The opening scene of Better Call Saul Season 5 Episode 7, “JMM” was an excellent example of how to deliver exposition.
The explanation of why Kim would suddenly decide to marry Jimmy is a difficult one to explain to the audience.
A realistic depiction of their discussion over the decision would likely be a long one filled with confusion and reiteration, and yet the reasoning to this proposal has to be conveyed to the audience.
What “JMM” did is use its preexisting characters to deliver the exposition in a fun, believable way. Kim and Jimmy needed a witness for their courthouse marriage, so they brought Huell along.
Huell was the perfect choice for this role, as he knows Jimmy and Kim, supports them, and is innocent enough to want to enjoy the romantic side but still enough of a criminal to want to swipe the rings.
This created a scene that was both logical and enjoyable as we could laugh at Huell’s curiosity and romance tactics while receiving the necessary reasoning behind the union.
Excellent use of character to deliver exposition.
The explanation itself seemed logical, though Kim’s complete loss of anger left me a little disoriented. Now I almost feel that her rage at Jimmy was her fulfilling how she’s “supposed” to act, despite possibly having been completely into it.
She did seem interested in Saul’s chance to become a cartel guy.
Kim’s actions are making it clear that she’s enabling Jimmy to become Saul. Kim isn’t the last tie to Jimmy McGill, but actually another bridge to Saul Goodman.
Do you want to be a friend of the cartel?Kim
The possibilities this opens up for her future are exciting. I’m not saying or implying that she secretly ends up working with Saul behind the scenes or that she supports who Saul Goodman becomes, just that she isn’t holding Saul back in any capacity.
Which at this point is allowing Saul to become.
Kim’s fascination with cons and schemes has been present throughout the series, so it’s not out of character for her to be into Saul’s machinations, but she’s always erred on the side of “relatively” harmless cons.
Whether it be a con against a jerk wall street bro or a scheme to get the mostly harmless Huell out of prison, Kim’s schemes have, for the most part, left little physical or emotional damage in their wake.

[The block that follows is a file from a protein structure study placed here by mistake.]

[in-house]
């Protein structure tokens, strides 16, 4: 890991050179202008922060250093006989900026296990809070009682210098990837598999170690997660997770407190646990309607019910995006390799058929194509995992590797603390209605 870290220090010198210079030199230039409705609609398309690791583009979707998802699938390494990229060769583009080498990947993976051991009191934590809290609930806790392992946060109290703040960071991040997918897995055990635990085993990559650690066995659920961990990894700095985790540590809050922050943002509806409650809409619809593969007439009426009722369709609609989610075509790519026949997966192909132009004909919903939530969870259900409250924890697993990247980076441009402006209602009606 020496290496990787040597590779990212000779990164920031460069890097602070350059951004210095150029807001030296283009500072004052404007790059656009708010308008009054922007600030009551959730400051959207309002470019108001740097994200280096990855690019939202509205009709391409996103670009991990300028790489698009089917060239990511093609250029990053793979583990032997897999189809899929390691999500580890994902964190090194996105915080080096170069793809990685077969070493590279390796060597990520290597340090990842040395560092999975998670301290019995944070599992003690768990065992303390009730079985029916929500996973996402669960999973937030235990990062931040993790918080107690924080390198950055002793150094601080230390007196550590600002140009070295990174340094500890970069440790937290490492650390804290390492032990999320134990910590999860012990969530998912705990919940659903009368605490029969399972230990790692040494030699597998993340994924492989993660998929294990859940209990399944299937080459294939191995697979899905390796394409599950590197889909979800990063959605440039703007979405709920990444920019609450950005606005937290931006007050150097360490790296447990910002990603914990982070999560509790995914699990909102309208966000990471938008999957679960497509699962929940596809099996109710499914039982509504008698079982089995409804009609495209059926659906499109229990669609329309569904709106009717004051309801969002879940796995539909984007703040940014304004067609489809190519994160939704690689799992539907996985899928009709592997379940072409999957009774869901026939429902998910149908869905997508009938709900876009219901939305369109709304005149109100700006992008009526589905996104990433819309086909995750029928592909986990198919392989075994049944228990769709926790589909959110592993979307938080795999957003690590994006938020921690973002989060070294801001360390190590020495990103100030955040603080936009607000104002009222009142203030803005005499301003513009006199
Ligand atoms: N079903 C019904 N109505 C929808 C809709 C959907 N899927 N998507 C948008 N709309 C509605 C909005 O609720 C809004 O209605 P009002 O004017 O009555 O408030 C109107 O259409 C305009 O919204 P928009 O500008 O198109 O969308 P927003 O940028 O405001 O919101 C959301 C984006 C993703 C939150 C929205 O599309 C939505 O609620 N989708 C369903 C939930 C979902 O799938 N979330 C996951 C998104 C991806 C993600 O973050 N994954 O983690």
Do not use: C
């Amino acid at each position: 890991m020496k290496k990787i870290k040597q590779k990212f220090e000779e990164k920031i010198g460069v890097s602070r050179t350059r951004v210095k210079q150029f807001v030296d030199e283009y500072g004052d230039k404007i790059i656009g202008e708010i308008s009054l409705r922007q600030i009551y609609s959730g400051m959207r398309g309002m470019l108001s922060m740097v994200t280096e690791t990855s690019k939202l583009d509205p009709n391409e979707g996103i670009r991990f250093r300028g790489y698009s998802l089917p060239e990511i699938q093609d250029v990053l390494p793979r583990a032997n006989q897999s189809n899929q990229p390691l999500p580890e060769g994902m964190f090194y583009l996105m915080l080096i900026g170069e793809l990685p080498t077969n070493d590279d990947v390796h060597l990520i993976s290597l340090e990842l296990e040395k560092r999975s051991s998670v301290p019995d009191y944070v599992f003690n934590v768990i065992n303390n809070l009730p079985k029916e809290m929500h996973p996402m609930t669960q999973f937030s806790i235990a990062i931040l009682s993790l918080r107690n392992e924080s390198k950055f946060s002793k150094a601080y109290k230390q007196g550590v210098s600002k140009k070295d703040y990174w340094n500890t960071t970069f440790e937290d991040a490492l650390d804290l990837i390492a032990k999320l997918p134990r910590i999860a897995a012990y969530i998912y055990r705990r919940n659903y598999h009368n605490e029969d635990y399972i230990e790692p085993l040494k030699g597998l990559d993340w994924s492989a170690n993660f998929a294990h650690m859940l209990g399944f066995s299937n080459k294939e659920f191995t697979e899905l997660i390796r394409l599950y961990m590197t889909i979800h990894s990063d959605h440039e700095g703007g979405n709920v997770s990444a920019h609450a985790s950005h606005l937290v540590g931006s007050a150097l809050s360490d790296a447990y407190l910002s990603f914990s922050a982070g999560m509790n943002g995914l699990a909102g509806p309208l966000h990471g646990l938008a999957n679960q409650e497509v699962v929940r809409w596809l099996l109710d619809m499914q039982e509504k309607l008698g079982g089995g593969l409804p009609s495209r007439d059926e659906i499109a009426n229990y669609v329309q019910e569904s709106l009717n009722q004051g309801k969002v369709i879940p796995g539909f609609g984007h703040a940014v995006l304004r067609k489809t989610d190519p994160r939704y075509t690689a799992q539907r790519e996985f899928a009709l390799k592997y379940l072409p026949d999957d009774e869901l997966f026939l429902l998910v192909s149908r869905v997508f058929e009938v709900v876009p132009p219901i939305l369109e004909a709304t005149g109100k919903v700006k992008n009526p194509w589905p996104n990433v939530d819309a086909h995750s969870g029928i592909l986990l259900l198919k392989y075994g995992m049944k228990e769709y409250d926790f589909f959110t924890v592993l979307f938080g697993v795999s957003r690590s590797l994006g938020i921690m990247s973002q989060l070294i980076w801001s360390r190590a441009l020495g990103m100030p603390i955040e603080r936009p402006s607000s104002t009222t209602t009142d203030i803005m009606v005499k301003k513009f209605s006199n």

So I’m not quite on board with Kim’s recent turn into more devastating schemes. The plot against Kevin was intense; it was potentially career ruining for him and at best was going to cause great distress to him.
It’s not that I don’t believe Kim could get to this point, I’m just not quite able to track her journey here yet. Maybe her mindset will be revealed more fully, but compared to what we saw at the end of “JMM,” I feel Kim could use some extra attention to discover why she’s thinking the way she is.
Because that final scene was excellent. It was one of my personal favorite scenes of the series to date, and it perfectly encapsulates what’s driving Jimmy and why he’s going to continue to pound his conscience into the ground.
When Jimmy was attempting to get Lalo out on bail, he kept looking over to the victim’s family. He was clearly conflicted about what he was doing, and he continued to watch them out in the hallway.
Howard, though, set Jimmy off, and it’s made clear that Jimmy’s desire to prove himself better than Howard, better than Chuck, better than everyone, is going to push him to do things that no one else can do.
Things that only Saul can do.
Jimmy’s drive to prove himself is overriding any guilt that he holds, and with Kim’s enabling meaning that he doesn’t have to try to please her and the pressure Lalo is exerting on him excusing his behavior, the recipe is in place for Jimmy to reach the point of no return.